Tuesday, June 6, 2023


The most recent scientific evidence refutes the idea that men achieve more than women due to biological variability

There is no scientific evidence that men are smarter than women, nor is it the other way around. Yes, it is true that we know some people who seem smarter than others and there are always the ones who are smart, regardless of their gender.

The so-called biological variability explains the differences between individuals of the same sex of a species. However, it has long been thought that these biological differences between individuals of one sex also applied to personality in the case of humans.


If biological variability between the sexes affects personality, this means that there will be more men than women at the extremes: more intellectually gifted, and also more under-endowed. This could explain why there are more men who achieve great social or intellectual achievements than women. Now, a new study carried out by the Australian National University (ANU) has found that this theory is not supported by evidence .

Lead author Lauren Harrison believes that the idea that biology determines greater behavioral diversity between males and females in animals is often used to explain why more males than females are considered geniuses or go on to become CEOs. This is also used to explain why science, technology, engineering and mathematics (STEM) are dominated by men, rather than considering other reasons why we see fewer women in these professions, such as historical exclusion or stereotypes of genre.

Based on the data in this article, if humans are assumed to be like other animals, there is the same chance of having a similar number of women as men in senior jobs . Although according to this logic, there would also be a high probability of having a similar number of men and women in lower positions.

The ANU team examined more than 10,000 biological studies, and analyzed the behavioral traits of males and females in more than 200 animal species, from insects to dolphins. To do this, the scientists looked at five types of behavioral traits used to measure personality in animals: fearlessness, aggressiveness, exploration, sociability and activity.


The researchers found that males and females have similar levels of variability, which is contrary to the beliefs of biologists who have long assumed that males are more variable than females, that is, they have more differences between individuals. .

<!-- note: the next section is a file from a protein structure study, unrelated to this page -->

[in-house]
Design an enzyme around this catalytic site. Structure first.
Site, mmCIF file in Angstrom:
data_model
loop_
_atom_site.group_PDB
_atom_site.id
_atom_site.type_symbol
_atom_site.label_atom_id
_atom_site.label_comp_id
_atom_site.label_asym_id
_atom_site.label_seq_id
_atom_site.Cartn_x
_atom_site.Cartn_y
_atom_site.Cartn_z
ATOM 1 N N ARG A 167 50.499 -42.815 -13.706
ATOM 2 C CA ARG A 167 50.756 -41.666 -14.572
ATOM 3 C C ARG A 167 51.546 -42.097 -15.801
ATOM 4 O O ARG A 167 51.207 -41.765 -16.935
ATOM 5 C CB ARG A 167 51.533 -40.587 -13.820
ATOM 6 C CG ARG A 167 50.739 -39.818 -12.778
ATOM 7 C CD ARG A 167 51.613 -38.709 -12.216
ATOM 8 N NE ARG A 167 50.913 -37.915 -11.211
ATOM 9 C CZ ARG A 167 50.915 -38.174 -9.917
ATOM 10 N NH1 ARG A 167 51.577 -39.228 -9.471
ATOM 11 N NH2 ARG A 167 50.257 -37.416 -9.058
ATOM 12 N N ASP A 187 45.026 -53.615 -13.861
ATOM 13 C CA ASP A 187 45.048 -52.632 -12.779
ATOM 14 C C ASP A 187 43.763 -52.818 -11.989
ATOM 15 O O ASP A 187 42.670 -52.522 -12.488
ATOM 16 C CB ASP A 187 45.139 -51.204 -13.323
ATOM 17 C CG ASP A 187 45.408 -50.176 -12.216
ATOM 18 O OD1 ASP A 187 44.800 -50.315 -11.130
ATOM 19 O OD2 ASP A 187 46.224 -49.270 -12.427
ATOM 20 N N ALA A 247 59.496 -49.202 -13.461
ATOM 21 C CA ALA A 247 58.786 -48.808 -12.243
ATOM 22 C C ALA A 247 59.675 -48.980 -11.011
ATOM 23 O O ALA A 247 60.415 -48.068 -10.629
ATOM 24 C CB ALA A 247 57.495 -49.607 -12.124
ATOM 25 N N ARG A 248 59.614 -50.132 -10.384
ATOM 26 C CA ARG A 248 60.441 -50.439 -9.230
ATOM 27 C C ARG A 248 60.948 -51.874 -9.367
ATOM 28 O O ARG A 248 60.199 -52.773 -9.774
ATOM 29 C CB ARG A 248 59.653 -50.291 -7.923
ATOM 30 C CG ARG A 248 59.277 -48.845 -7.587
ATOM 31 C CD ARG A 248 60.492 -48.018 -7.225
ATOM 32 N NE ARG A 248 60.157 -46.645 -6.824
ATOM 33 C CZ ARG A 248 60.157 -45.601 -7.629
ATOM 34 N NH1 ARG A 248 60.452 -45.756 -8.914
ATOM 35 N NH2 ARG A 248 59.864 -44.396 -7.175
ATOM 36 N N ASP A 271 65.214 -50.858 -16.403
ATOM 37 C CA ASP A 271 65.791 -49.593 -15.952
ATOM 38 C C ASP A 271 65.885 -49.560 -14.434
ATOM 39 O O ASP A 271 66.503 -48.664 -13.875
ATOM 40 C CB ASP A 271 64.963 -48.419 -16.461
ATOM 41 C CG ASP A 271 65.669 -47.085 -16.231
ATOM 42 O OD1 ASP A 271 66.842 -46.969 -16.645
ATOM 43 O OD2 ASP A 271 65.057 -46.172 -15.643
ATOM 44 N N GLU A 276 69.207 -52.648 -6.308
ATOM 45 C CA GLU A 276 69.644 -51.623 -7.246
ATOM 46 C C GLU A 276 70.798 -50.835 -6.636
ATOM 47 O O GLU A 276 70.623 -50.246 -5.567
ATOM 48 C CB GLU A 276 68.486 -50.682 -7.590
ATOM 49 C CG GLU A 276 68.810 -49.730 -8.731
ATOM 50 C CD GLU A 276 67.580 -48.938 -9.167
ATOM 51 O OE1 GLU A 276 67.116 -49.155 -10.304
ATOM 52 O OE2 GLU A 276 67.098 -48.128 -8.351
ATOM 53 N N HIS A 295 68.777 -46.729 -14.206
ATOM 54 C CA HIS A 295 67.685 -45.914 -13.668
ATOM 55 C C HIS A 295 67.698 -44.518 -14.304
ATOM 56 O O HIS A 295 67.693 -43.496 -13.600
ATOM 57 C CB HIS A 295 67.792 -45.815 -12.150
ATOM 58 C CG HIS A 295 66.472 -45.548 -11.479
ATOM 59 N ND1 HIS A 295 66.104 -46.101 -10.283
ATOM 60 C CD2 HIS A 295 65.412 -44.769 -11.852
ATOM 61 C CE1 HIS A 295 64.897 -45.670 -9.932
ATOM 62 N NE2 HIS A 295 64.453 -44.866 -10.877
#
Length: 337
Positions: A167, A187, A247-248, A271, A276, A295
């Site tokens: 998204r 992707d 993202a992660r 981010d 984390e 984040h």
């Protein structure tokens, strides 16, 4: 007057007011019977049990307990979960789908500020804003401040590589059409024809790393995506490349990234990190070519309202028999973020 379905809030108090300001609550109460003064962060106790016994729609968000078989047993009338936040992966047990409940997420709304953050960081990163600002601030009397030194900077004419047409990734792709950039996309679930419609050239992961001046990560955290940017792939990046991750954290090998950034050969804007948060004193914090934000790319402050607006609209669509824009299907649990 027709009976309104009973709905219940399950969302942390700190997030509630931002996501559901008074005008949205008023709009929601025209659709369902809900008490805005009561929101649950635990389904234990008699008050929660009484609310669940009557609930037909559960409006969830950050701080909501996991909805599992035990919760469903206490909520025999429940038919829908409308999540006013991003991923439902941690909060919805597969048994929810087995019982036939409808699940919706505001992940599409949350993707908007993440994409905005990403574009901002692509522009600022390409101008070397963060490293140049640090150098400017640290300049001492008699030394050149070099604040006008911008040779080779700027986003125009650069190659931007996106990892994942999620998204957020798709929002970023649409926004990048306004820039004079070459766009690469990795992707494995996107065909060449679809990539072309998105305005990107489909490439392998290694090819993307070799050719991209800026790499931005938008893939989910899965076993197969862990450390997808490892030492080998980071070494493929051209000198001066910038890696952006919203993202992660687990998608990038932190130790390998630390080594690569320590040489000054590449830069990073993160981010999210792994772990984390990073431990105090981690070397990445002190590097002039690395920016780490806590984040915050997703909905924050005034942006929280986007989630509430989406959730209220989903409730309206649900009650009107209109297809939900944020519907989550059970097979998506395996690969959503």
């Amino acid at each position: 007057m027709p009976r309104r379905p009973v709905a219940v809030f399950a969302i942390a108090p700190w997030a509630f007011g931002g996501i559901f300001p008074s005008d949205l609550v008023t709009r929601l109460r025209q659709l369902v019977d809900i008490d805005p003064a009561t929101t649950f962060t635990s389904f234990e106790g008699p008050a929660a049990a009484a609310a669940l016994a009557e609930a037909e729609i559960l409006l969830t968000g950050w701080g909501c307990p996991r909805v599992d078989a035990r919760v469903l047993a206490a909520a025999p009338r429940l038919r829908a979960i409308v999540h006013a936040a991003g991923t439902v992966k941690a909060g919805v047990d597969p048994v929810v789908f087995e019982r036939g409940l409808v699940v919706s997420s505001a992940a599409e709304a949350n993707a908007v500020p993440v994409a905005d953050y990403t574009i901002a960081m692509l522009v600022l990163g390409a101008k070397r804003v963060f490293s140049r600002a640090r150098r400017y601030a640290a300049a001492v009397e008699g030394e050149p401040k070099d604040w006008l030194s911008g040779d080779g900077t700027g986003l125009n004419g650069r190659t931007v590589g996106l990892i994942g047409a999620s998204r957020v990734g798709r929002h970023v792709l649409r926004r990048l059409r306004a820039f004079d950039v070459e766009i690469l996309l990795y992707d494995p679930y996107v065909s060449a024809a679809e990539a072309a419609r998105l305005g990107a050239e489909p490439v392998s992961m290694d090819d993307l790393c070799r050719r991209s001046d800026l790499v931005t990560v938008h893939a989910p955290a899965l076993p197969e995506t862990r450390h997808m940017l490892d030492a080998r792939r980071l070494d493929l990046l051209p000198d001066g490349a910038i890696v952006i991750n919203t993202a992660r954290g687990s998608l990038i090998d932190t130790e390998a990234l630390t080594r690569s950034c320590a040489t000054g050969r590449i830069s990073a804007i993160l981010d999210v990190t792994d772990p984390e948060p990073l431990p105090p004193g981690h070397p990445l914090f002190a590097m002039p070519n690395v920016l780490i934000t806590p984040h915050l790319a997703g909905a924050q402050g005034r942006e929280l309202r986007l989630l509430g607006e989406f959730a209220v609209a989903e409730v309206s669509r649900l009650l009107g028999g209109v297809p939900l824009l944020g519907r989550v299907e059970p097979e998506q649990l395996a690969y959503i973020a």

Harrison explains that the importance of greater male variability for evolution dates back to Charles Darwin. He suggested that male species behave much more differently from each other compared to females of the same species. He also suggested that this greater male variability is due to sex-specific selection.

Study co-author Michael Jennions also clarified that if men are more variable than women, it would mean that there are more men than women with very low or very high IQs. In the study, more than 200 animal species have shown that the variation in the behavior of males and females is very similar, and this rule is not fulfilled. Therefore, there is no reason to invoke this biologically based argument to explain why more men than women are Nobel laureates, for example, which we associate with high IQ.

Furthermore, research suggests that choosing a female for the most attractive male, for example, a deer with the largest antlers, does not lead to greater variation among males than among females, at least when it comes to their personality.


According to Harrison, if humans do not follow the trend of similar variability in each sex as seen in animals, and men are more variable than women, then this is likely due to exclusively human factors rather than biology. . Rather than using biology to explain why there are more male CEOs or teachers, we have to ask what role culture and education play in pushing men and women down different paths. This includes the ways in which women are discouraged from a career in male-dominated professions, especially in STEM fields.


A meta-analysis of sex differences in animal personality: no evidence for the greater male variability hypothesisFacebookTwitterWhatsAppShake meSha



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